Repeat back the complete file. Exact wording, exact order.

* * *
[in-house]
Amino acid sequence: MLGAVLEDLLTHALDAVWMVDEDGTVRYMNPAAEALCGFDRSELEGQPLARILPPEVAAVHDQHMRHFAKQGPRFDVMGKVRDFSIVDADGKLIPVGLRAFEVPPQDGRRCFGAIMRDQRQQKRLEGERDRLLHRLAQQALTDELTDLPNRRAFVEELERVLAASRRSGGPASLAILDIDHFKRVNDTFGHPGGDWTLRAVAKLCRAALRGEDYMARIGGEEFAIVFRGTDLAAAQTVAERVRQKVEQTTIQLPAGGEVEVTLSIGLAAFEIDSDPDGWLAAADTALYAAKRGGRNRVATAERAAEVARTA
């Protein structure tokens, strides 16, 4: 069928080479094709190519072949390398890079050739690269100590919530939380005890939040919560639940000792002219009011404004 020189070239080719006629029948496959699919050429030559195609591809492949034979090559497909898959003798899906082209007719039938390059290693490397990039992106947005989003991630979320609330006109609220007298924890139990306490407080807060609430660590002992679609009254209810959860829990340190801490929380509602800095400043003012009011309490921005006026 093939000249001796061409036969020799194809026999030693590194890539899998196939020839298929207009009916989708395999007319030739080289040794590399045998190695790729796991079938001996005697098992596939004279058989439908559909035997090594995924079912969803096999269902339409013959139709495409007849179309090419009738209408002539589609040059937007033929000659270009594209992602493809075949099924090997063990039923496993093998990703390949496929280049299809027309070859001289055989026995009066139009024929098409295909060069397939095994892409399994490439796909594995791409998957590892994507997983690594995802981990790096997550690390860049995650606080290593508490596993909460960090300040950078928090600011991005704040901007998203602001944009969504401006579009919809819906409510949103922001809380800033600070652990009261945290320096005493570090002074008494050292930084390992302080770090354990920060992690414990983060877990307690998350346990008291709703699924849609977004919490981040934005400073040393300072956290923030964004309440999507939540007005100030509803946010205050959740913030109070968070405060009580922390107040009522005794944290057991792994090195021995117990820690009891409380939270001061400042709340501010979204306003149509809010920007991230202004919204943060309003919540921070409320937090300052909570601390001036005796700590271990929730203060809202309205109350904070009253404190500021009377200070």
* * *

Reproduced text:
[in-house]
Amino acid sequence: MLGAVLEDLLTHALDAVWMVDEDGTVRYMNPAAEALCGFDRSELEGQPLARILPPEVAAVHDQHMRHFAKQGPRFDVMGKVRDFSIVDADGKLIPVGLRAFEVPPQDGRRCFGAIMRDQRQQKRLEGERDRLLHRLAQQALTDELTDLPNRRAFVEELERVLAASRRSGGPASLAILDIDHFKRVNDTFGHPGGDWTLRAVAKLCRAALRGEDYMARIGGEEFAIVFRGTDLAAAQTVAERVRQKVEQTTIQLPAGGEVEVTLSIGLAAFEIDSDPDGWLAAADTALYAAKRGGRNRVATAERAAEVARTA
């Protein structure tokens, strides 16, 4: 069928080479094709190519072949390398890079050739690269100590919530939380005890939040919560639940000792002219009011404004 020189070239080719006629029948496959699919050429030559195609591809492949034979090559497909898959003798899906082209007719039938390059290693490397990039992106947005989003991630979320609330006109609220007298924890139990306490407080807060609430660590002992679609009254209810959860829990340190801490929380509602800095400043003012009011309490921005006026 093939000249001796061409036969020799194809026999030693590194890539899998196939020839298929207009009916989708395999007319030739080289040794590399045998190695790729796991079938001996005697098992596939004279058989439908559909035997090594995924079912969803096999269902339409013959139709495409007849179309090419009738209408002539589609040059937007033929000659270009594209992602493809075949099924090997063990039923496993093998990703390949496929280049299809027309070859001289055989026995009066139009024929098409295909060069397939095994892409399994490439796909594995791409998957590892994507997983690594995802981990790096997550690390860049995650606080290593508490596993909460960090300040950078928090600011991005704040901007998203602001944009969504401006579009919809819906409510949103922001809380800033600070652990009261945290320096005493570090002074008494050292930084390992302080770090354990920060992690414990983060877990307690998350346990008291709703699924849609977004919490981040934005400073040393300072956290923030964004309440999507939540007005100030509803946010205050959740913030109070968070405060009580922390107040009522005794944290057991792994090195021995117990820690009891409380939270001061400042709340501010979204306003149509809010920007991230202004919204943060309003919540921070409320937090300052909570601390001036005796700590271990929730203060809202309205109350904070009253404190500021009377200070």